For many years I had held on to two boxes of Type 55 Polaroids, each containing 20 sheets with an expiry date of 2010. I had long been hoping to find the perfect project in which to use them and was very nervous about peeling them apart and the images evaporating due to air exposure. I thought of a scene in Fellini's film Roma, where a building demolition is hampered by the discovery of frescoes. As the construction workers gaze and marvel the outside air quickly erases all trace of their history. I had forty chances to create a narrative; I took the shots with a 5x4 Linhof camera on a tripod, adding to the playful and serendipitous nature I was eager to utilise in the work. The solitary Italian landscapes became the stage of past and present, where play and ritual induce a spiritual state and create a form of transcendence. The resulting imagery was of random ghostly shapes, ethereal sculptural forms, imperfections, and new compositions from the residue of aged photographic chemicals. The polaroid negatives were later used to make the photopolymer prints and some of the marble prints for the series Conjure. Footage seen in Reverie and Slumber of Via Canova (where Lewis lived and had her studio) and the Borghese Gardens and Gallery were also filmed in Rome, where I re-imagined Lewis’ steps, walking on ancient cobblestone streets and gazing at the art that inspired her work.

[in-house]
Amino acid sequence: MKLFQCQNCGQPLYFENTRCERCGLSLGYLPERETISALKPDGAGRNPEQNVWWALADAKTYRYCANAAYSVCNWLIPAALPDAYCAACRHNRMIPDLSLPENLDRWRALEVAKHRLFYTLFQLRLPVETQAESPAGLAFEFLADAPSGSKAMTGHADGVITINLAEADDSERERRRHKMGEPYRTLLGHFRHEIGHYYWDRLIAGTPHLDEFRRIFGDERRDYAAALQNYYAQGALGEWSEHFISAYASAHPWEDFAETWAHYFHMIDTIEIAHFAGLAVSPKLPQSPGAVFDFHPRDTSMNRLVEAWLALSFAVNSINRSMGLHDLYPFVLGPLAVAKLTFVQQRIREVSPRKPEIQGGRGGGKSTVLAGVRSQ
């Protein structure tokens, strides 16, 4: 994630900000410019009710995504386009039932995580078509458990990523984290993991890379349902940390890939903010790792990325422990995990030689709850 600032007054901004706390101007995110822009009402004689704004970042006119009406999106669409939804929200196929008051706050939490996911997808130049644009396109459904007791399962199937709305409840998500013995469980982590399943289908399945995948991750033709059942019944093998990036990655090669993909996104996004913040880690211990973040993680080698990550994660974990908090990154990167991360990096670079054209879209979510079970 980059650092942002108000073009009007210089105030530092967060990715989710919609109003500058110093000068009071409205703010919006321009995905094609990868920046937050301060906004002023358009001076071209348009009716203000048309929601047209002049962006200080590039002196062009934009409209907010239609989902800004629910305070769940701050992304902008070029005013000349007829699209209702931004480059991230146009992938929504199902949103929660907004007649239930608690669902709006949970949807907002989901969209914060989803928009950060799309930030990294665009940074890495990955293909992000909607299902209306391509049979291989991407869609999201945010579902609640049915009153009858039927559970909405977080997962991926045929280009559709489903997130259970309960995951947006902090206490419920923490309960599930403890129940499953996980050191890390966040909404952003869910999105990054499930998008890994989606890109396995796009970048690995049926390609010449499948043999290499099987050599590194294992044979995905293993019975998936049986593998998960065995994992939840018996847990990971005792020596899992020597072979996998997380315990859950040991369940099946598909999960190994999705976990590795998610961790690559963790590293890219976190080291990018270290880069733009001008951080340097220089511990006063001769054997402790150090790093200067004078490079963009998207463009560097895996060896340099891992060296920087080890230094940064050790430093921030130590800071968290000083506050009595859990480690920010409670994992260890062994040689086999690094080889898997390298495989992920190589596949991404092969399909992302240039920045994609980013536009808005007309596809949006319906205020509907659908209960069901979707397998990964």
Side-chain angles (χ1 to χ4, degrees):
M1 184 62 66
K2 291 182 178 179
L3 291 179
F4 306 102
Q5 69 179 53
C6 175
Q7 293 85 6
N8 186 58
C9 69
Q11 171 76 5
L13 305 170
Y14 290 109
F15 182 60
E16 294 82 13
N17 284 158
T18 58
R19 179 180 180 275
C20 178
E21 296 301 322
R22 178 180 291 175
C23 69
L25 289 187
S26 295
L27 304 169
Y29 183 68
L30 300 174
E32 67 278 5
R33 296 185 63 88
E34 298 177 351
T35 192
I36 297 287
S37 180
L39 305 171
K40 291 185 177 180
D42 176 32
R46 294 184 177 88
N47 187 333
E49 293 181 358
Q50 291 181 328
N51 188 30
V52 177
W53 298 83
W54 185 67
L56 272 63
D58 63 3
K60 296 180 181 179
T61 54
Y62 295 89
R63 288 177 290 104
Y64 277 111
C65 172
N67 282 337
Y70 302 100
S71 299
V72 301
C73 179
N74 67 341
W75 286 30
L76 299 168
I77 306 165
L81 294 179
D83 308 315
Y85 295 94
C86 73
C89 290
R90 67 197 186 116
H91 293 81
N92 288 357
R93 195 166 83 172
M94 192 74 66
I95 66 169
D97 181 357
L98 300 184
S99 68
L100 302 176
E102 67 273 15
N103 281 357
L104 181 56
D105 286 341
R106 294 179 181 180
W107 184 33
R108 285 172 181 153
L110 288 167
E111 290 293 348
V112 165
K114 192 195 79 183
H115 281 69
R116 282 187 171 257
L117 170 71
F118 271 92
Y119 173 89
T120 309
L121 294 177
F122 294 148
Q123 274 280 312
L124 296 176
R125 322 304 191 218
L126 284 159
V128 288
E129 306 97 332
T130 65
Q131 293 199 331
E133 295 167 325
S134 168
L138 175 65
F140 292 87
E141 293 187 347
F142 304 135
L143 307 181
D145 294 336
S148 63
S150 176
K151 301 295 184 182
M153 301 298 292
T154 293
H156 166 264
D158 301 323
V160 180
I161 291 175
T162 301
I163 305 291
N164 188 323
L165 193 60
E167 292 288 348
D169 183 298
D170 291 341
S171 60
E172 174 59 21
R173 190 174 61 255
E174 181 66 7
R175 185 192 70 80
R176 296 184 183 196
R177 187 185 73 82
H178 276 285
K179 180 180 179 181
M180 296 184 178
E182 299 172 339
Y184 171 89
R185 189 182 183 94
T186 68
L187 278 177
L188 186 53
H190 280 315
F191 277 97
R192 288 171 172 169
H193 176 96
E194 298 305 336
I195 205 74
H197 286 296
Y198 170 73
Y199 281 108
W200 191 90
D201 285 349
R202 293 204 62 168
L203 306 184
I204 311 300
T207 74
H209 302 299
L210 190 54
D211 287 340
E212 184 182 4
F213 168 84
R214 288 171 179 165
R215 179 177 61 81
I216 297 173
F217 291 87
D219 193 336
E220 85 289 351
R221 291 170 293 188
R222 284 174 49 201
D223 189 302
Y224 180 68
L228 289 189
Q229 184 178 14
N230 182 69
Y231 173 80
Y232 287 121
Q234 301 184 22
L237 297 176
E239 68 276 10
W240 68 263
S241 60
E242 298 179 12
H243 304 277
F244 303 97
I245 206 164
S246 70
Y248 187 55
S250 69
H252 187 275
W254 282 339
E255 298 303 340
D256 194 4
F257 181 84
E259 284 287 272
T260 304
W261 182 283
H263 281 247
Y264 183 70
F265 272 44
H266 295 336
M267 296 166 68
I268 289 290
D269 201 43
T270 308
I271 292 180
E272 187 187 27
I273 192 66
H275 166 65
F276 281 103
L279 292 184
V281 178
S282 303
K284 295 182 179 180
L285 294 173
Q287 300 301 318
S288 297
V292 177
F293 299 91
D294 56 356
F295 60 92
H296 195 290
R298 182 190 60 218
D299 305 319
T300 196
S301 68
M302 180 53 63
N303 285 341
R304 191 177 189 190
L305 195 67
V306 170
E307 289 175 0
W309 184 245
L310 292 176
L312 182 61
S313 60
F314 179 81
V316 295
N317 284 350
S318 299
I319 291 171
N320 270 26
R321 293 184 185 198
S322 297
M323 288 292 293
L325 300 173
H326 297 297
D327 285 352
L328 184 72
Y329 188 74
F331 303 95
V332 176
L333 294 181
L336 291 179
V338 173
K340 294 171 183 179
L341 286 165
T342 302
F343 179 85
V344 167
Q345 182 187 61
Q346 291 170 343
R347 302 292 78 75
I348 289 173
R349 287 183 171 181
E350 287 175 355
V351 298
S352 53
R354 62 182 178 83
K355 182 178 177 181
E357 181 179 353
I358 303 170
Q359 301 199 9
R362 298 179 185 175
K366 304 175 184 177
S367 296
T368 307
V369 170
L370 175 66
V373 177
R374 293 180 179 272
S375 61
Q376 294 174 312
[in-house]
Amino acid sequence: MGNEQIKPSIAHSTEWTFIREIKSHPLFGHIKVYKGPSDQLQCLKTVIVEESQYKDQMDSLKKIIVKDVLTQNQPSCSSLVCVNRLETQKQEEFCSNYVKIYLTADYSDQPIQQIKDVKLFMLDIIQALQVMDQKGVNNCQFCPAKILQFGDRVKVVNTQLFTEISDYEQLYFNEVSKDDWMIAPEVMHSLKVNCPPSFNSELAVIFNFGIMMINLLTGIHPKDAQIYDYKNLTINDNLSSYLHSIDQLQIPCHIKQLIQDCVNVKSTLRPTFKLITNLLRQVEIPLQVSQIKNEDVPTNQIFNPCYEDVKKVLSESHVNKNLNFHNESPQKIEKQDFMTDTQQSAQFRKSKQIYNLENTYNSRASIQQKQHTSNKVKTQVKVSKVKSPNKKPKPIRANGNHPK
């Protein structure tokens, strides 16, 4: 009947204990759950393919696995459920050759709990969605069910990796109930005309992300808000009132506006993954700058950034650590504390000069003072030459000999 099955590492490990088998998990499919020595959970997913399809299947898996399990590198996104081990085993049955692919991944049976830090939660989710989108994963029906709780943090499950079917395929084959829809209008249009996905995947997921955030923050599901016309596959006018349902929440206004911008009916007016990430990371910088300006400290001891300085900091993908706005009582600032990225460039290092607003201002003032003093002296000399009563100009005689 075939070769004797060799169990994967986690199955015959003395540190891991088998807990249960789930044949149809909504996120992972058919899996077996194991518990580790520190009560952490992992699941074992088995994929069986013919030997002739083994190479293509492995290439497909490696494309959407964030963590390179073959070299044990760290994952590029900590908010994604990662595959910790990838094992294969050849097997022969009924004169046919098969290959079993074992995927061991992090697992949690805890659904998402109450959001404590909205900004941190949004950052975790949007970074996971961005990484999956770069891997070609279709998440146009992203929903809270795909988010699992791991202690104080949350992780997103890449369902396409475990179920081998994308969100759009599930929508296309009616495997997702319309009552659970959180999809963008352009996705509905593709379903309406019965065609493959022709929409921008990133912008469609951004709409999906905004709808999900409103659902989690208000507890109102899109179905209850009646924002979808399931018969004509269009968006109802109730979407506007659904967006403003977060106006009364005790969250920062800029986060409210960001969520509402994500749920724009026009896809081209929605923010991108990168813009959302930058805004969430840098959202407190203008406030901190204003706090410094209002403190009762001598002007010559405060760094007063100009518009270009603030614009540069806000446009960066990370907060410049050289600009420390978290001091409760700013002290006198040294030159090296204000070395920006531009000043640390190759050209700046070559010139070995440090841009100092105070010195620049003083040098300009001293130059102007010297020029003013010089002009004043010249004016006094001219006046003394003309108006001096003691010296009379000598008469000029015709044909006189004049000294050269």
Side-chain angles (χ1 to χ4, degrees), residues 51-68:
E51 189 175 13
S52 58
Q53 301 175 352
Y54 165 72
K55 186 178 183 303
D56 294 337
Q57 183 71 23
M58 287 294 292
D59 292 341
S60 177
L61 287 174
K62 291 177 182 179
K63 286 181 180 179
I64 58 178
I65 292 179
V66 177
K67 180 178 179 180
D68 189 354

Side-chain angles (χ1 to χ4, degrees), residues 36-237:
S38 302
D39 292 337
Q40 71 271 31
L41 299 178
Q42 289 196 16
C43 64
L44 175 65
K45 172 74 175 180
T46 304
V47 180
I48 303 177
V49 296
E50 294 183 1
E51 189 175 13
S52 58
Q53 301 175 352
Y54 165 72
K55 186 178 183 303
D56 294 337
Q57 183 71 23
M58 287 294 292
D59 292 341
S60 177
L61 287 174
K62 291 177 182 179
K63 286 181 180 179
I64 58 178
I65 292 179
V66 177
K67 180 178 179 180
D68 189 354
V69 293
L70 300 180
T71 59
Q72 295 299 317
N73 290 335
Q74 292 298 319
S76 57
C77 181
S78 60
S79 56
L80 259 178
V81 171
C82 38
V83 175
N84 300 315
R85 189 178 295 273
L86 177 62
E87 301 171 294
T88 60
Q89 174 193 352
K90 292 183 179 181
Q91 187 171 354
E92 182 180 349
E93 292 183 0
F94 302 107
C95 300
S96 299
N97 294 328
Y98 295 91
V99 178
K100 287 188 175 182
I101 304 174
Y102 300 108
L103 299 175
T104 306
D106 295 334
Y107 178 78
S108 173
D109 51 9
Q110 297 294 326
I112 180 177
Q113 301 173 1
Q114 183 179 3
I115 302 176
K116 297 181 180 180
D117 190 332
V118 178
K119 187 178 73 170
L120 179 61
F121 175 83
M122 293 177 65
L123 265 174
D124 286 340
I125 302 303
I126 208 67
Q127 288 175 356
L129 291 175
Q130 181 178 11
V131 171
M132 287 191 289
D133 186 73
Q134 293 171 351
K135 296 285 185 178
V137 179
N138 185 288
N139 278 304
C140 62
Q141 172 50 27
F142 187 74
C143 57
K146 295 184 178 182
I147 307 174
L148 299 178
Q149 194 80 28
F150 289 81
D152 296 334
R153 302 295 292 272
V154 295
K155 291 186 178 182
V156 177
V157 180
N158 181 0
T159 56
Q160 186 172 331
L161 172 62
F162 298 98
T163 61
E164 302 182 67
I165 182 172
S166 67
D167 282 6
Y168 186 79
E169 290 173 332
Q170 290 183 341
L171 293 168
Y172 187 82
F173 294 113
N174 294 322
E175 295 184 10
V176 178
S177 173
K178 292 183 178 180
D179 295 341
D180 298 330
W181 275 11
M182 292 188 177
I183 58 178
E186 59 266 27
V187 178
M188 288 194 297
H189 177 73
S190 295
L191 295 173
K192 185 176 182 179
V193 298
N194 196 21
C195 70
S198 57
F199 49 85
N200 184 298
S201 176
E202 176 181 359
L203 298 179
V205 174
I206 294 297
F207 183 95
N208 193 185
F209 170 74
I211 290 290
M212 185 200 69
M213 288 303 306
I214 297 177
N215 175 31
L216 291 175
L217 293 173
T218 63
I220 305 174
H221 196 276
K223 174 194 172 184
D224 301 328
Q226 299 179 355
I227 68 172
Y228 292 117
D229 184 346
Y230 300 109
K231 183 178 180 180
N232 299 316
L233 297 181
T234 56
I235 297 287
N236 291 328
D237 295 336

BV: So, in a way some of these journeys and the echoing of past presences of where Lewis lived and worked touches upon the notion of spiritualism.
GT: I am not religious but have always felt drawn to some form of spiritualism. I grew up in a home where there was always a small shrine with a Madonna and Saints. I delved into the history of the 19th and early 20th century spirit community during my research and discovered how its prominence spiked during times of extreme loss of loved ones due to pandemics and war and sparked the trend of spirit photography, where the photographer becomes a medium via the illusory magic of photography, and a godsend for many families in need of communicating with their deceased loved ones. The ‘artist as medium’ in turn became a theme I began to explore as I developed Looking for Edmonia (Self-Portrait), thinking of the possibilities of manifesting the transference of the psyche in material form.